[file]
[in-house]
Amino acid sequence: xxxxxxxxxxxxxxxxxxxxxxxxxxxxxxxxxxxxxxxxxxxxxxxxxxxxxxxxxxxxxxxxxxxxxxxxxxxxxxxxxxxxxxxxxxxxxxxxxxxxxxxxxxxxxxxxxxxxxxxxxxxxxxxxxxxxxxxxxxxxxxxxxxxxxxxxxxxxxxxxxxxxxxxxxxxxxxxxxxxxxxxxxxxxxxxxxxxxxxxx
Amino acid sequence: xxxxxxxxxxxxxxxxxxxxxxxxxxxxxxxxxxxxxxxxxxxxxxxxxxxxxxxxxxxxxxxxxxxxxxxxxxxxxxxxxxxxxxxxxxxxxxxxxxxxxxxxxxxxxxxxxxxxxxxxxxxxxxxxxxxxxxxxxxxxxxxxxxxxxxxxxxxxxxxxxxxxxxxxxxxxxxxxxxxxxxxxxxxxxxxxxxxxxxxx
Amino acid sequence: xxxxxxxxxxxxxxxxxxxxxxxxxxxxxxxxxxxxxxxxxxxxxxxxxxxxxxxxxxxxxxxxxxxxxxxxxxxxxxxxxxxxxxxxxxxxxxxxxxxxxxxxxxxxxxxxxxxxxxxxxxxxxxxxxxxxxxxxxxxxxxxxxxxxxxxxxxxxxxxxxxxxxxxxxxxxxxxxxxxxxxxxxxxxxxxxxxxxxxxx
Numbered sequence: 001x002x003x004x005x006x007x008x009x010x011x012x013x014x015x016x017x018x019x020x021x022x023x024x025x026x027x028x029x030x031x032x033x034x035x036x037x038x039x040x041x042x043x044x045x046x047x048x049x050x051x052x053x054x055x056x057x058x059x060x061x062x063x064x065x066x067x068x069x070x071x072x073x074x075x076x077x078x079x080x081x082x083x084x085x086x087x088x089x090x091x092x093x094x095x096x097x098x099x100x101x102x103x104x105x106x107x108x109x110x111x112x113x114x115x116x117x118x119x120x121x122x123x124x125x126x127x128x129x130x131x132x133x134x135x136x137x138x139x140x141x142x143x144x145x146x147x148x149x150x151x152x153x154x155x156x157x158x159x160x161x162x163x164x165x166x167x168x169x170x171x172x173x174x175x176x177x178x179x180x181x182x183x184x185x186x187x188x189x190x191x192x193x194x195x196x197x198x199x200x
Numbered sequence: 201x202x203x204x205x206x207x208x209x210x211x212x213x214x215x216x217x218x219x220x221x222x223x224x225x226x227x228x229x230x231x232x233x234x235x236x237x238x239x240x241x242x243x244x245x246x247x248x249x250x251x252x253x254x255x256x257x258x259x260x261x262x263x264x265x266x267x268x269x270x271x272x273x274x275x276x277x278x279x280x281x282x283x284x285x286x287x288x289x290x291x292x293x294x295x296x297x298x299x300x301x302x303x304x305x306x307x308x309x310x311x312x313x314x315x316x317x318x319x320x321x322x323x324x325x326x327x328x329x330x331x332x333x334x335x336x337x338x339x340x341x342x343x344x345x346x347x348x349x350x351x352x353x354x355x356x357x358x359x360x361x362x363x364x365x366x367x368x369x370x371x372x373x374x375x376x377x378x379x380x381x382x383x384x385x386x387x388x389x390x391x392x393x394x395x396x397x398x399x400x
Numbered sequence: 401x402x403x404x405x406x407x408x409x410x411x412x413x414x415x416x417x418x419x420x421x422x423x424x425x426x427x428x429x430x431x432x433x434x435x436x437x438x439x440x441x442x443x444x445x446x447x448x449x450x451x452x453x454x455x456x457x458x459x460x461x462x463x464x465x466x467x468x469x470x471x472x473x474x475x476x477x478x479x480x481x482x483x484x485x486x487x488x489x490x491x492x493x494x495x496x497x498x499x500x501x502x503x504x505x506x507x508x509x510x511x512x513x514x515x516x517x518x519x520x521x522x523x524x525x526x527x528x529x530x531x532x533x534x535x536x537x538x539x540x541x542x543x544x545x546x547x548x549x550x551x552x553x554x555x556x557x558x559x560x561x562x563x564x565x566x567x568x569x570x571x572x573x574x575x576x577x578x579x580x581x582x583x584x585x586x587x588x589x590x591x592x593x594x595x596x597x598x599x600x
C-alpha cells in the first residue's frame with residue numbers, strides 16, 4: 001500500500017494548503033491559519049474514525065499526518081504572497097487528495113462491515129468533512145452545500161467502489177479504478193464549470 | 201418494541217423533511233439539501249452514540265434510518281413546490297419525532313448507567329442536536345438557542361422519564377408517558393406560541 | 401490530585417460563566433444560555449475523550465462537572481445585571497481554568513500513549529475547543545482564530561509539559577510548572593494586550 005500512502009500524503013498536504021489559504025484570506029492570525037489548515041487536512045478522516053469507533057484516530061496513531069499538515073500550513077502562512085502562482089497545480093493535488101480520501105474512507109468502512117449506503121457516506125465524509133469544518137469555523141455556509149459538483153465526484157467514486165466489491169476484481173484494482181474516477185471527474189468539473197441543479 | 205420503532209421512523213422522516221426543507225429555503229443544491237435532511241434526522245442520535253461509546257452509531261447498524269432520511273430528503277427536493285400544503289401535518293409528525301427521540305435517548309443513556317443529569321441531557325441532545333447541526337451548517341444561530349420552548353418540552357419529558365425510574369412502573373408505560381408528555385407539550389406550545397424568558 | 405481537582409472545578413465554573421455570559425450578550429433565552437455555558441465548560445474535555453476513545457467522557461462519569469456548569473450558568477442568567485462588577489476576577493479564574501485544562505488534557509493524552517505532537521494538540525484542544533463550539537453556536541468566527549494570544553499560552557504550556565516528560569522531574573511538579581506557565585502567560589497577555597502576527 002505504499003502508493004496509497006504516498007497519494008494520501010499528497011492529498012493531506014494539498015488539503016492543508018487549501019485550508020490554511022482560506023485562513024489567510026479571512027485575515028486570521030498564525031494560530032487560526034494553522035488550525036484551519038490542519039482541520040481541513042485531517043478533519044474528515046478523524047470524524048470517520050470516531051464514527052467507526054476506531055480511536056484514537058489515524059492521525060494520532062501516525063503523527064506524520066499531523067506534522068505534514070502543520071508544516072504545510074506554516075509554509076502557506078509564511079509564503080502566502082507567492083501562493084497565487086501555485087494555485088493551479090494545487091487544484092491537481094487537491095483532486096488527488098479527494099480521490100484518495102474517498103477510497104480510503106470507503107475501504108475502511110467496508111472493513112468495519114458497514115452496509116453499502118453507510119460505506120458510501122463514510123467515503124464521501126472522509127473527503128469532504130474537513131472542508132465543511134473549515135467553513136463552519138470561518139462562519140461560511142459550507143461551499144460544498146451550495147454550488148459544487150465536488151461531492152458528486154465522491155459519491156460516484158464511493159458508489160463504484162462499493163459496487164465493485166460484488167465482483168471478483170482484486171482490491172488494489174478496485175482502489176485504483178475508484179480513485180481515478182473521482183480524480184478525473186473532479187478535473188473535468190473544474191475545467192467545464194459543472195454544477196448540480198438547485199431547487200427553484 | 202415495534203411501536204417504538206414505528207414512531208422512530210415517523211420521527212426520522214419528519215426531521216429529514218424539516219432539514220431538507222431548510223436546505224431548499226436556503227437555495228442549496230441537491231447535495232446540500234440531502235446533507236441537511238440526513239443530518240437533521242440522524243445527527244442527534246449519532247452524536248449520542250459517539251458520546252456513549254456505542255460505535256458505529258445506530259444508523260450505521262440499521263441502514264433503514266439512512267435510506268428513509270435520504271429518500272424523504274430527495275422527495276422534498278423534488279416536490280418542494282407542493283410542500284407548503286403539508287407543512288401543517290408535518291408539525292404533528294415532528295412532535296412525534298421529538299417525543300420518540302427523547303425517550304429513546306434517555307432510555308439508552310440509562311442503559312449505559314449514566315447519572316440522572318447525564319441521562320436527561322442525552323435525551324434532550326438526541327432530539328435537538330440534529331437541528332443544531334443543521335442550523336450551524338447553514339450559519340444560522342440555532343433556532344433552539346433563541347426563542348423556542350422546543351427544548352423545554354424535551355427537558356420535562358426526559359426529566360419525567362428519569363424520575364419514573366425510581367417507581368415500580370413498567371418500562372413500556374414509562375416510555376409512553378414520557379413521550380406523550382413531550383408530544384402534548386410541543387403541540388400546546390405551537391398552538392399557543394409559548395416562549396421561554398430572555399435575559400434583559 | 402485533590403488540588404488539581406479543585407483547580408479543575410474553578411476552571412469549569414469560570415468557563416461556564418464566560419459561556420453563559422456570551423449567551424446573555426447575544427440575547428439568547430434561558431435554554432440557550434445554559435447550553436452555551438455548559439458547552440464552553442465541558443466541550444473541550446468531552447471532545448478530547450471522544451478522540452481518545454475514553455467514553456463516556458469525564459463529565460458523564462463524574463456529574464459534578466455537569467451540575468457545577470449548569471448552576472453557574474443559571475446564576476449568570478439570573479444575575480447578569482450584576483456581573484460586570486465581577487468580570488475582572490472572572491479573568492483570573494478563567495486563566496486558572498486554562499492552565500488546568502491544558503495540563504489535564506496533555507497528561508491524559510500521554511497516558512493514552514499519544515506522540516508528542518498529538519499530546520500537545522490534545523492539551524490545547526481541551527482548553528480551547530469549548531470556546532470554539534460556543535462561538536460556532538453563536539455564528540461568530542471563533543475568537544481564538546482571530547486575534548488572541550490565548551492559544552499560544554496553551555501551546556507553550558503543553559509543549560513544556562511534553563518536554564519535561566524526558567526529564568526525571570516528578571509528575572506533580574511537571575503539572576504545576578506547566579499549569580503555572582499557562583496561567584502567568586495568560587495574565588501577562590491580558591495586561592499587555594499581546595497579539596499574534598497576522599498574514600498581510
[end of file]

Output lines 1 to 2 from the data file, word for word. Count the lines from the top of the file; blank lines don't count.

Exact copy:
[in-house]
Amino acid sequence: xxxxxxxxxxxxxxxxxxxxxxxxxxxxxxxxxxxxxxxxxxxxxxxxxxxxxxxxxxxxxxxxxxxxxxxxxxxxxxxxxxxxxxxxxxxxxxxxxxxxxxxxxxxxxxxxxxxxxxxxxxxxxxxxxxxxxxxxxxxxxxxxxxxxxxxxxxxxxxxxxxxxxxxxxxxxxxxxxxxxxxxxxxxxxxxxxxxxxxxx